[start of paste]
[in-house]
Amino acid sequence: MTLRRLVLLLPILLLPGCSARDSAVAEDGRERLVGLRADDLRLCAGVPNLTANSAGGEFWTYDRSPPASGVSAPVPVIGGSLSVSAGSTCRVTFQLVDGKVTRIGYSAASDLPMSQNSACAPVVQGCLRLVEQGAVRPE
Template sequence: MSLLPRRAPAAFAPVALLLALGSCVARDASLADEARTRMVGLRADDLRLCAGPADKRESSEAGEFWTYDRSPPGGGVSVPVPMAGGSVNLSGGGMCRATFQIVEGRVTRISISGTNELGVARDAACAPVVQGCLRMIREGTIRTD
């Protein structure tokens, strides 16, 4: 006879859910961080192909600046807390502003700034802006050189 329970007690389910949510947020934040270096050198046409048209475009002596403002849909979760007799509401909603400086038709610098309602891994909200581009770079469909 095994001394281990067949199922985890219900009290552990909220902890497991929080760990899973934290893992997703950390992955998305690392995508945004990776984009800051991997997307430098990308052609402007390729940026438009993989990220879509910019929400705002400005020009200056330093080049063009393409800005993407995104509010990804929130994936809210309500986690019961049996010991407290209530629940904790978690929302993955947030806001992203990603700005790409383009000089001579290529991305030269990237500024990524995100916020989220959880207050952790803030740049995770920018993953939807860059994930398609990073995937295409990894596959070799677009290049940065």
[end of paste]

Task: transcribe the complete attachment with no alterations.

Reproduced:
[in-house]
Amino acid sequence: MTLRRLVLLLPILLLPGCSARDSAVAEDGRERLVGLRADDLRLCAGVPNLTANSAGGEFWTYDRSPPASGVSAPVPVIGGSLSVSAGSTCRVTFQLVDGKVTRIGYSAASDLPMSQNSACAPVVQGCLRLVEQGAVRPE
Template sequence: MSLLPRRAPAAFAPVALLLALGSCVARDASLADEARTRMVGLRADDLRLCAGPADKRESSEAGEFWTYDRSPPGGGVSVPVPMAGGSVNLSGGGMCRATFQIVEGRVTRISISGTNELGVARDAACAPVVQGCLRMIREGTIRTD
């Protein structure tokens, strides 16, 4: 006879859910961080192909600046807390502003700034802006050189 329970007690389910949510947020934040270096050198046409048209475009002596403002849909979760007799509401909603400086038709610098309602891994909200581009770079469909 095994001394281990067949199922985890219900009290552990909220902890497991929080760990899973934290893992997703950390992955998305690392995508945004990776984009800051991997997307430098990308052609402007390729940026438009993989990220879509910019929400705002400005020009200056330093080049063009393409800005993407995104509010990804929130994936809210309500986690019961049996010991407290209530629940904790978690929302993955947030806001992203990603700005790409383009000089001579290529991305030269990237500024990524995100916020989220959880207050952790803030740049995770920018993953939807860059994930398609990073995937295409990894596959070799677009290049940065």